In what's becoming a tradition of the 2013 mayor's race in New York, frontrunner Bll de Blasio was the primary target of all the other candidates at Wednesday's debate. So it was inevitable that someone was going to ask de Blasio about his wife Chirlane McCray's comments to New York Times columnist Maureen Dowd. Those comments, about the openly gay candidate's stances on child care, and paid sick days, seemed to question Quinn's accessibility as a woman.
As you may have heard, Dowd had to correct her column today after the de Blasio campaign demonstrated that the journalist misquoted McCray's remarks about Quinn. So here they are in full, from the current version of the piece:
Well, I am a woman, and she is not speaking to the issues I care about and I think a lot of women feel the same way. I don’t see her speaking to the concerns of women who have to take care of children at a young age or send them to school and after school, paid sick days, workplace, she is not speaking to any of those issues. What can I say?
And she is not accessible, she is not the kind of person who you can talk to and go up to and have a conversation with about those things, and I suspect that other women feel the same thing I’m feeling.
At the Wednesday mayoral debate, de Blasio was asked about those remarks. The candidate focused on Dowd's correction, noted that the remarks in question were a "misquote," adding, "my wife meant no offense." Earlier Wednesday, Quinn's campaign had responded with outrage to what it read as an insinuation that Quinn's lack of children (and, the fact that she is in a same-sex marriage) somehow rendered her unable to relate to families.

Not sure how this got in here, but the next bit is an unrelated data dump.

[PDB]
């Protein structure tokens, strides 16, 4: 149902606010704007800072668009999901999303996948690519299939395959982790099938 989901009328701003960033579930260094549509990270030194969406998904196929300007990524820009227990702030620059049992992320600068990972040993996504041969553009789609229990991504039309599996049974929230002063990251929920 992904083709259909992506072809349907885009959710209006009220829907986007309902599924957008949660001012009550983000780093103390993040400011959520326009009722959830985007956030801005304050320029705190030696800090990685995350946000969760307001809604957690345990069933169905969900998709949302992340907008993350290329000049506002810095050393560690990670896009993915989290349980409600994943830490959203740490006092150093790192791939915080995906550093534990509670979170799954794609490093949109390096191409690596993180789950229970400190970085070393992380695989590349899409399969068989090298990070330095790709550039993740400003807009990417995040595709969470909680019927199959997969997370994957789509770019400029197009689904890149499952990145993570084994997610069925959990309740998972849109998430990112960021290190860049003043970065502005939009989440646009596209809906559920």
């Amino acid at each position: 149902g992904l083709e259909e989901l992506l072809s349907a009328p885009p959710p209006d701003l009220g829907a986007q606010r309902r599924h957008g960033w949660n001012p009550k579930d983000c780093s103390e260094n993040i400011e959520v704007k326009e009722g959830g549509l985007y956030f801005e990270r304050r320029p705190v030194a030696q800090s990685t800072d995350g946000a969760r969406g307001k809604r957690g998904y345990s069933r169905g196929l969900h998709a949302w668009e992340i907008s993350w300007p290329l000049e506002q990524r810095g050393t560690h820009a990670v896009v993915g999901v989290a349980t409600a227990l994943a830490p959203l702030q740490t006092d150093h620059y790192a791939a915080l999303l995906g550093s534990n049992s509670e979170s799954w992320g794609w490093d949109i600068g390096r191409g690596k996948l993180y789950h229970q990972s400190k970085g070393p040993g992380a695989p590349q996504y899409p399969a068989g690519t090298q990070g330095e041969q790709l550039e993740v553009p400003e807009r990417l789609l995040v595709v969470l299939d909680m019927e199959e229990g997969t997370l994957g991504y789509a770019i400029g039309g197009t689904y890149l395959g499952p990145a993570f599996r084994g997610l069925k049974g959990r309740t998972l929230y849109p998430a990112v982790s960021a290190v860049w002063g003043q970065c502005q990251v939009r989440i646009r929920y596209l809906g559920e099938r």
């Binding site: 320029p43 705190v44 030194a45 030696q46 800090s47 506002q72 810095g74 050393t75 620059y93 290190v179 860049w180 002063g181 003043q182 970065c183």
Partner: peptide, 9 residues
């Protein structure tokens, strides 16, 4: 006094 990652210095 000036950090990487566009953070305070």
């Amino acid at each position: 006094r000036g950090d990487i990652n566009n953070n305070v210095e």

But Quinn doesn't think that either version of McCray's remarks, original or corrected, are inoffensive. "I gotta say, I found very hurtful and upsetting," Quinn said, launching into a response that indicates the candidate was ready for an opportunity to address McCray's statements. The full quote, she said, still "raise[s] the question" about whether the fact that she doesn't have children affects how hard she fights for families. "There are many reasons why some families have children and some don't... my wife and I both lost our mothers when we were young girls," she added, noting that the decision to have children is "deeply personal" both of them. Her comments at the debate echoed her response to Dowd's column in a Wednesday statement:
There are women all across the city who don’t have children for any number of reasons, whether they simply can’t, choose not to or circumstances don’t afford them the possibility ... to criticize me as not understanding what young families go through because I might not have children is over the line and I take great personal offense to the comment, as does my wife.
This article is from the archive of our partner The Wire.